Hostile Business and the Sovereign State: Privatized Governance, State Security and International Law, 1st Edition (Hardback) book cover

Hostile Business and the Sovereign State

Privatized Governance, State Security and International Law, 1st Edition

By Michael J. Strauss

Routledge

190 pages

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pub: 2018-12-14
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Description

This book describes and assesses an emerging threat to states’ territorial control and sovereignty: the hostile control of companies that carry out privatized aspects of sovereign authority. The threat arises from the massive worldwide shift of state activities to the private sector since the late 1970s in conjunction with two other modern trends – the globalization of business and the liberalization of international capital flows. The work introduces three new concepts: firstly, the rise of companies that handle privatized activities, and the associated advent of "post-government companies" that make such activities their core business. Control of them may reside with individual investors, other companies or investment funds, or it may reside with other states through state-owned enterprises or sovereign wealth funds. Secondly, "imperfect privatizations:" when a state privatizes an activity to another state’s public sector. The book identifies cases where this is happening. It also elaborates on how ownership and influence of companies that perform privatized functions may not be transparent, and can pass to inherently hostile actors, including criminal or terrorist organizations. Thirdly, "belligerent companies," whose conduct is hostile to those of states where they are active. The book concludes by assessing the adequacy of existing legal and regulatory regimes and how relevant norms may evolve.

Table of Contents

Introduction

Chapter 1. The Privatization of States

Chapter 2. Extremes of Privatization

Chapter 3. Companies for Privatized Activities

Chapter 4. Control over Territory

Chapter 5. Company Ownership and Control

Chapter 6. Tracking Control and Influence over Companies

Chapter 7. The State and Its Business Abroad

Chapter 8. A Divergence of Interests

Chapter 9. Opaque Company Behavior Toward States

Chapter 10. Companies in Defiance of States

Chapter 11. "Imperfect Privatizations" and Territorial Control

Chapter 12. Defending Against Hostile Companies

Chapter 13. Challenges to States’ Defensive Measures

Chapter 14. Challenges for International Law

About the Author

Michael J. Strauss is a professor of international relations and public international law at the Centre d’Etudes Diplomatiques et Stratégiques in Paris, and an instructor of international economic law at Université de Paris 5 (Paris Descartes). He has also been teaching annual international law courses as an invited professor at the Belarusian State University and International University "MITSO" in Minsk. Thanks to an earlier career as an awardwinning business and financial journalist, he brings new perspectives and insights to issues of territorial control.

About the Series

Globalization: Law and Policy

Globalization: Law and Policy
Globalization: Law and Policy builds an integrated body of scholarship that critically addresses key issues and theoretical debates in comparative and transnational law. Volumes in the series focus on the consequential effects of globalization, including emerging frameworks and processes for the internationalization, legal harmonization, juridification, and democratization of law among increasingly connected political, economic, religious, cultural, ethnic, and other functionally differentiated governance communities. Legal systems, their harmonization and incorporation in other governance orders, and their relationship to globalization are taking on new importance within a coordinated network of domestic legal orders, the legal orders of groups of states, and the governance frameworks of non-state actors. These legal orders engage a number of important actors, sources, principles, and tribunals”including multinational corporations as governance entities, contract and surveillance as forms of governance that substitute for traditional law, sovereign wealth funds and other new forms of state activity, hybrid supra national entities like the World Bank and the International Monetary Fund, and international tribunals with autonomous jurisdiction, including the International Criminal Court, the World Trade Organization, and regional human rights courts. The effects have been profound, especially with respect to the role of states, and especially of the United States as its long time position in global affairs undergoes significant change. Comparative and transnational law serve as natural nexus points for vigorous and sometimes interdisciplinary approaches to the study of state and non-state law systems, along with their linkages and interactions. The series is intended as a resource for scholars, students, policy makers, and civil society actors, and includes a balance of theoretical and policy studies in single-authored volumes and collections of original essays.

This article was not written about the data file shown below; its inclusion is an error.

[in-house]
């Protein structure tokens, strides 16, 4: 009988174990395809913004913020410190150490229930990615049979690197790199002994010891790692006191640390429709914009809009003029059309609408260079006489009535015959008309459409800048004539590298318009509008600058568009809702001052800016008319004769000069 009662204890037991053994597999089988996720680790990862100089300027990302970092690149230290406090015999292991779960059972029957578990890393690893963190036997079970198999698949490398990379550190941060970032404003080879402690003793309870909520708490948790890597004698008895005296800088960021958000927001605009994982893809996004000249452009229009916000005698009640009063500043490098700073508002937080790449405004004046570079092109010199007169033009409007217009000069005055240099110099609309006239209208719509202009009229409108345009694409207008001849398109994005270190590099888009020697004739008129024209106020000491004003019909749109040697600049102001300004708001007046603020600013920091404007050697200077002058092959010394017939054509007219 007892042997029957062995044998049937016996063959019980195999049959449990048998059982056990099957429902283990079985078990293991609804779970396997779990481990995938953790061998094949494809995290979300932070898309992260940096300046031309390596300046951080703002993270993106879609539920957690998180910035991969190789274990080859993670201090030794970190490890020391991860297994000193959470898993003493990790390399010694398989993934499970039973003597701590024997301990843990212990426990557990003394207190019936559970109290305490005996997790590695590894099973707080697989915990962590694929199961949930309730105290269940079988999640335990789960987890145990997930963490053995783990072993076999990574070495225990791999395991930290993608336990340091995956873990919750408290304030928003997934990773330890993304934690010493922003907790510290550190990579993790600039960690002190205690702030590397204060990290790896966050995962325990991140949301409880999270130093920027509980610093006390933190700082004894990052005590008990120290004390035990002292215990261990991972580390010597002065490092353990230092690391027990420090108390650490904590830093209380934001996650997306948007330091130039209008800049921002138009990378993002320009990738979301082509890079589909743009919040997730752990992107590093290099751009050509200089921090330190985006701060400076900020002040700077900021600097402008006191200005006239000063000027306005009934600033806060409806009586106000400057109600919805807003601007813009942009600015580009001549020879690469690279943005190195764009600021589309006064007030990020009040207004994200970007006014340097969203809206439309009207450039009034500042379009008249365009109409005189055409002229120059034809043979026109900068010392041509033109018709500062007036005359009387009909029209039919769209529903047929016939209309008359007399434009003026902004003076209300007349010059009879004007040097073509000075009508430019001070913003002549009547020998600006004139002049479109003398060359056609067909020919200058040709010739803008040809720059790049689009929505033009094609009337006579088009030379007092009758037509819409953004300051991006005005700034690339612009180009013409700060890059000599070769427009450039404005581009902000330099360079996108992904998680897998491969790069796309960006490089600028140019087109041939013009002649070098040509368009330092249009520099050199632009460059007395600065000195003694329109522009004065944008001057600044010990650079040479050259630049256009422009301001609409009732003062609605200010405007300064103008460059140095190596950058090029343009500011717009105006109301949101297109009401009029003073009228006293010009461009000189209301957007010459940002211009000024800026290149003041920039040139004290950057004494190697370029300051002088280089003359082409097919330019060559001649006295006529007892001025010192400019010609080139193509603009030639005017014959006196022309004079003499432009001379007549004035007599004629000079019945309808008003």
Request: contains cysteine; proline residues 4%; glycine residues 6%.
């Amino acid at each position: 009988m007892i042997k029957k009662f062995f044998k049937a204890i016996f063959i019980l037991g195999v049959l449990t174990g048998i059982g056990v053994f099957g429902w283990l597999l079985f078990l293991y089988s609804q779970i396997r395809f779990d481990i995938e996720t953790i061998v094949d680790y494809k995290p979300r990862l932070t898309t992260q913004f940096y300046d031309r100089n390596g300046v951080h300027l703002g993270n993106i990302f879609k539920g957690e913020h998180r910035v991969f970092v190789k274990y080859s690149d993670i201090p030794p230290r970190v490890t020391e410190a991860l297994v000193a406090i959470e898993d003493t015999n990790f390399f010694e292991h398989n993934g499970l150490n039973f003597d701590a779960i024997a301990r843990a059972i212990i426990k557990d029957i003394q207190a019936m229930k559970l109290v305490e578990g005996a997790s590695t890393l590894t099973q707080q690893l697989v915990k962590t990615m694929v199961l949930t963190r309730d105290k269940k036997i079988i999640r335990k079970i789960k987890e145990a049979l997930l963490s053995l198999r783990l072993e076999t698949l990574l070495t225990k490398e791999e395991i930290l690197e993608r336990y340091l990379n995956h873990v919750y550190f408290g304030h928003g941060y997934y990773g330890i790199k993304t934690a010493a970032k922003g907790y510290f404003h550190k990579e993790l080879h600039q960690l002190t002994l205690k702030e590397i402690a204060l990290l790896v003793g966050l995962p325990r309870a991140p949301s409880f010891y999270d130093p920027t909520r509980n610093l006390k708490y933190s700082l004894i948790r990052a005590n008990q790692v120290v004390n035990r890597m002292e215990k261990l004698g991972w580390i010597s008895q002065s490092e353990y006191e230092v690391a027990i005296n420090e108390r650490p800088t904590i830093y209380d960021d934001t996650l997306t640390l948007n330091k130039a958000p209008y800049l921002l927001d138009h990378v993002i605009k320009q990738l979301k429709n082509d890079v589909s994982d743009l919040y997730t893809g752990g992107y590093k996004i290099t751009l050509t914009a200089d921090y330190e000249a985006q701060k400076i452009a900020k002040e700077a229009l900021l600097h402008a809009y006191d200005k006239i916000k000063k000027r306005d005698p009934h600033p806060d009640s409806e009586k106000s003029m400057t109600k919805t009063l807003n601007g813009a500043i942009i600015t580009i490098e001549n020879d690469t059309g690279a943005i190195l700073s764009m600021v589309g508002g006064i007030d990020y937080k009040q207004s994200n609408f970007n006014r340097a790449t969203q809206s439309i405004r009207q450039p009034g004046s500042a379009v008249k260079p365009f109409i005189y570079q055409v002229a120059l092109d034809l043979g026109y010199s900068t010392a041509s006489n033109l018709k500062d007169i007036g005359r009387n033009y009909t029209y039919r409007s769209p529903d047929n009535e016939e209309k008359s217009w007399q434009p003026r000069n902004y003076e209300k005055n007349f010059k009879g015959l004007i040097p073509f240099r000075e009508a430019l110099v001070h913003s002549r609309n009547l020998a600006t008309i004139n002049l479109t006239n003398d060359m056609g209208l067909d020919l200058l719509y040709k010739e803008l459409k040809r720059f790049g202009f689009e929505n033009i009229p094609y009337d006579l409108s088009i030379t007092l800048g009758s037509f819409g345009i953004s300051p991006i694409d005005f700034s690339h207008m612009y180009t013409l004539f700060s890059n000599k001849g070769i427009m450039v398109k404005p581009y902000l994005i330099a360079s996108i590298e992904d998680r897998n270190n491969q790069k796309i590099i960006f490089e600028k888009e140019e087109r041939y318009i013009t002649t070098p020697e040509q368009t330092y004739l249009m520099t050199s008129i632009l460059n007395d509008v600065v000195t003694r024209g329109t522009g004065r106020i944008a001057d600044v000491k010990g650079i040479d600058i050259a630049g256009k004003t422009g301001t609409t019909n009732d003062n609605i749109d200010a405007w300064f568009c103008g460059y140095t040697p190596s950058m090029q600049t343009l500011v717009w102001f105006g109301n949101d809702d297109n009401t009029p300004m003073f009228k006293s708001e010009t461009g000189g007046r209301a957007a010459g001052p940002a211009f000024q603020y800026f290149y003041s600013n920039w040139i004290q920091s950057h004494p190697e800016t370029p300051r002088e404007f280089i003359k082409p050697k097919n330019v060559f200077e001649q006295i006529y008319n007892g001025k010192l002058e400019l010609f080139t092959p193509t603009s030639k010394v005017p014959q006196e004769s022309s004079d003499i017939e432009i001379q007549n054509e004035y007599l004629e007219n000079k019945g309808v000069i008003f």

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Subject Categories

BISAC Subject Codes/Headings:
BUS010000
BUSINESS & ECONOMICS / Business Law
BUS013000
BUSINESS & ECONOMICS / Commercial Policy
BUS077000
BUSINESS & ECONOMICS / Corporate & Business History
BUS079000
BUSINESS & ECONOMICS / Government & Business
LAW014010
LAW / Commercial / International Trade
LAW018000
LAW / Constitutional
LAW051000
LAW / International
LAW109000
LAW / Government / General
POL011020
POLITICAL SCIENCE / International Relations / Trade & Tariffs
POL033000
POLITICAL SCIENCE / Globalization
POL062000
POLITICAL SCIENCE / Geopolitics